The Montgomery County Board of Education on Tuesday (June 14) unanimously approved a final $2.457 billion Operating Budget for Fiscal Year (FY) 2017. The budget is a $139 million (6.0 percent) increase over FY 2016 and provides $37.9 million of targeted funding that will allow Montgomery County Public Schools (MCPS) to reduce class sizes in many classrooms across the district and accelerate our efforts to close the achievement gap. The approved budget marks the first time since 2009 Montgomery County Public Schools has been funded above the minimum level required by state law, called Maintenance of Effort (MOE).
[Read the June 14, 2016 memo from Interim Superintendent Bowers on the FY 2017 Operating Budget]
“This budget represents an important reinvestment in our students and our schools,” stated Michael Durso, president of the Board of Education. “The resources in this budget not only help us keep pace with enrollment, but also allow us to take bold, meaningful steps toward closing the achievement gap. In addition, this budget allows us to give our well-deserving employees a salary increase next year. I am grateful to the county executive, County Council President Nancy Floreen and the County Council, and our community for their unwavering support for public education.”
Among the critical investments this budget funds are—
- Lowering class sizes with additional teachers to continue the district’s commitment that all students have opportunities to succeed and will be successful
- Increasing paraeducator support to students in classrooms in targeted areas, including mathematics and literacy
- Allocating additional Focus teachers to impacted schools to provide targeted support, especially in content areas such as literacy and mathematics in order to address achievement gaps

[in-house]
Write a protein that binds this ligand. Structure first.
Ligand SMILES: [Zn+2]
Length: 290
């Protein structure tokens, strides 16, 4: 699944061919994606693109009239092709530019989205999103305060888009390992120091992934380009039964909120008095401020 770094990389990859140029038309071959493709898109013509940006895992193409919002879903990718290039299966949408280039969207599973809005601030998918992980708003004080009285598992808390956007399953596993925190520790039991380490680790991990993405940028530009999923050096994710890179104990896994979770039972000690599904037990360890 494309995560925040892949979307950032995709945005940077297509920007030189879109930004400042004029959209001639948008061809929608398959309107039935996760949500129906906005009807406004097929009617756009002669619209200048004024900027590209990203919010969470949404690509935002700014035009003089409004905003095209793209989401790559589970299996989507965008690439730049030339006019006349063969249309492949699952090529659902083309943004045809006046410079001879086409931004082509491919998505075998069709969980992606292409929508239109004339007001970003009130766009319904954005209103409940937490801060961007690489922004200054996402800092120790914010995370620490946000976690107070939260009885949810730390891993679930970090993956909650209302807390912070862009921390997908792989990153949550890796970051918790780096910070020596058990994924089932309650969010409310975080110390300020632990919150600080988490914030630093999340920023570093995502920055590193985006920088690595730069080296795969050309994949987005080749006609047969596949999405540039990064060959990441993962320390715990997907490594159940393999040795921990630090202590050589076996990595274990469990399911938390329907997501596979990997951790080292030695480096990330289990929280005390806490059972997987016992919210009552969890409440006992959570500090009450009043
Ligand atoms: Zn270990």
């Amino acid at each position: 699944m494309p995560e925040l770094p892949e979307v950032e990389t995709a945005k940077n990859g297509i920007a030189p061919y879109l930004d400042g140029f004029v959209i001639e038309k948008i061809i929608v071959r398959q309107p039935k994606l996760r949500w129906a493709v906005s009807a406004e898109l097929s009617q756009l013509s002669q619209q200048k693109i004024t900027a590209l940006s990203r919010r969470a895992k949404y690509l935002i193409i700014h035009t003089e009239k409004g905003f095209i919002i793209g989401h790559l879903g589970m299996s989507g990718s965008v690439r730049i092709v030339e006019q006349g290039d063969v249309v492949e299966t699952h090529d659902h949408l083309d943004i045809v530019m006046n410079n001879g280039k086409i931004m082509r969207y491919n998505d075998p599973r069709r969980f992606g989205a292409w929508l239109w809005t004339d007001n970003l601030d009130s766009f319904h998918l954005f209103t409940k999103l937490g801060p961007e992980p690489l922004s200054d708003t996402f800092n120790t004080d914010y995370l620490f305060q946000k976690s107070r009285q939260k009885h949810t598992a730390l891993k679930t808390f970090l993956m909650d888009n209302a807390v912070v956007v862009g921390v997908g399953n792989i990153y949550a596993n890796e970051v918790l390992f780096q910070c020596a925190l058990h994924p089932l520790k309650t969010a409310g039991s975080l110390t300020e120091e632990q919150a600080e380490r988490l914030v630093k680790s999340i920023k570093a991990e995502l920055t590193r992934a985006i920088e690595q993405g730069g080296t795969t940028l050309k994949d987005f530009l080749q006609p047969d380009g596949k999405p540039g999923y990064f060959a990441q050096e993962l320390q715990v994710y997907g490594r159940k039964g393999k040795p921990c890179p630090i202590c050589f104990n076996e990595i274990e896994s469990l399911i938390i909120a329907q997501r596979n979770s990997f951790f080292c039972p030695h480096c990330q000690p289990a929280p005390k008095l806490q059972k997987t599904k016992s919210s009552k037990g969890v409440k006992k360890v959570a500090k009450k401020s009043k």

- Enhancing our professional development investments to improve math and literacy instruction in elementary schools
- Increasing the number of elementary school counselors, parent community coordinators, psychologists, and pupil personnel workers to provide support for the district’s most vulnerable students and their families
- Increasing minority achievement programs, including the Student to Educator Pathway (STEP) program, after-school extracurricular activities, mentoring programs, and university partnerships
- Expanding the Achieving Collegiate Excellence and Success (ACES) program and the Minority Scholars program to additional schools
Reducing Class Size
The additional classroom teacher positions included in the FY 2017 Operating Budget will enable MCPS to change the elementary class size guidelines that are used to allocate staff to schools. In our Focus schools—those with the highest levels of poverty—class size guidelines are reduced more for some grade levels than in non-Focus schools; however, the guidelines are being changed for non-Focus schools as well. This budget reflects the Board’s commitment to continuing to invest more resources in schools with greater student needs. Changing the guidelines does not mean that every elementary class will be smaller by one or two students in the 2016–2017 school year. Classes that already are at or below the new guidelines will not see the number of students in the classroom change; however, schools that have several classrooms that exceed the new guidelines will receive additional teachers to create smaller classes.
For secondary schools, this budget allows for reduced class size guidelines for mathematics, science, social studies, reading, and foreign language classes. It is important to remember that class size guidelines are not the same as average class sizes. Principals use their teacher positions to offer a wide range of course offerings to students while keeping the size of core content classes manageable. The additional classroom teachers for secondary schools allow us to minimize the number of classes above the class size guidelines, reduce the average class sizes in all our schools, and reduce class sizes to address our priority of closing the achievement gap.
[View video on class size guidelines]
“The foundation of public education in Montgomery County will be stronger because of the resources in this budget,” said Larry Bowers, MCPS Interim Superintendent of Schools. “The funding will enable us to continue our commitment to education by lowering class sizes; implementing strategic, targeted programs to close the achievement gap; and maintaining a well-trained, highly effective workforce.”